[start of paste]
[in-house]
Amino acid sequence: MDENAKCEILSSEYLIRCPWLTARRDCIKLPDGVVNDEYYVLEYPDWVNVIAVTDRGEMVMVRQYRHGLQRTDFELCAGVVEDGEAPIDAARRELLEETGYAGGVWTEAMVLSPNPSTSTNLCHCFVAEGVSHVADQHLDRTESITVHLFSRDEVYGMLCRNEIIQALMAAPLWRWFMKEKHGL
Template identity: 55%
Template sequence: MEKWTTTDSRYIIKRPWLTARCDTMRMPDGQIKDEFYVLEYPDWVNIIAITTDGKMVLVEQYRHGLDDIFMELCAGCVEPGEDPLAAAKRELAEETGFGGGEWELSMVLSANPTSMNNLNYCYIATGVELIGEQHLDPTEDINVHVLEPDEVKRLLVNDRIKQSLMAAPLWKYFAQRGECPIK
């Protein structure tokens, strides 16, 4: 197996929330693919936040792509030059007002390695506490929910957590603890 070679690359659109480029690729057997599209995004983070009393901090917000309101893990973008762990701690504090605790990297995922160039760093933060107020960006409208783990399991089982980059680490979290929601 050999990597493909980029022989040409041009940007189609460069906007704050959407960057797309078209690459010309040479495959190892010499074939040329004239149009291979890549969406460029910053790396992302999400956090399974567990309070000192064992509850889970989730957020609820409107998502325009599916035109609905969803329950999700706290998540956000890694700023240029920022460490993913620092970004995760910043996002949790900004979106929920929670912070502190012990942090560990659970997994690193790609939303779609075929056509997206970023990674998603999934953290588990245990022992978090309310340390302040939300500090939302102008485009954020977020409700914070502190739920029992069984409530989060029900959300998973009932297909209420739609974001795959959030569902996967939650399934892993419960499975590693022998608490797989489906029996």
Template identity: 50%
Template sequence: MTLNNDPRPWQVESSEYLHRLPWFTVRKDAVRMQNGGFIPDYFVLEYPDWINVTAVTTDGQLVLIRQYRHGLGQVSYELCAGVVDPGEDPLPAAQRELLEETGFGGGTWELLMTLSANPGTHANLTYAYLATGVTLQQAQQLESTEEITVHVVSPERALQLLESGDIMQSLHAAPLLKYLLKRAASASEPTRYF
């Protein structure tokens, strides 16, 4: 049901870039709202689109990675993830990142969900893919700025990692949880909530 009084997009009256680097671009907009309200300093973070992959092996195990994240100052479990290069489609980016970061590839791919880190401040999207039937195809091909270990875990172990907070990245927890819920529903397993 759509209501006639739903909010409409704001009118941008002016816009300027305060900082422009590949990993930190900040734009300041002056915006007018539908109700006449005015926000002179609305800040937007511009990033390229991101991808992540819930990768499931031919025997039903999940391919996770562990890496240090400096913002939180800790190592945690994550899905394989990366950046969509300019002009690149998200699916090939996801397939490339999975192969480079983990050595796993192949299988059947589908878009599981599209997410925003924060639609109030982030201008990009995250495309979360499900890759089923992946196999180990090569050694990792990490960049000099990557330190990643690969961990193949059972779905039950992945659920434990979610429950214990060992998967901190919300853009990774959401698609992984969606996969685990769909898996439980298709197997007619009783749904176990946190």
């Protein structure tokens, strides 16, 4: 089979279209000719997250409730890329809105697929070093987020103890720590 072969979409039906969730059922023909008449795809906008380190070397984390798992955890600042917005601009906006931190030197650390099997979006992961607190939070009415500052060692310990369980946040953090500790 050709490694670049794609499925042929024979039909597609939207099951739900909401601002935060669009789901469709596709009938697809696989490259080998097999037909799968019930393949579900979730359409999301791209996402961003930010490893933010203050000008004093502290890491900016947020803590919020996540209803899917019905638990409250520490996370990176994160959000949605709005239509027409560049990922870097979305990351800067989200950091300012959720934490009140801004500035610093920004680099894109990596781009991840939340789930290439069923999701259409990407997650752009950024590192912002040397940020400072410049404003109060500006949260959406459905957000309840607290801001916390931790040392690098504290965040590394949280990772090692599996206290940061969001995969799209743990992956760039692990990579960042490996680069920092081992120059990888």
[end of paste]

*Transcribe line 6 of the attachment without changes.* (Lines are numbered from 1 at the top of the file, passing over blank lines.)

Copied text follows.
Template identity: 50%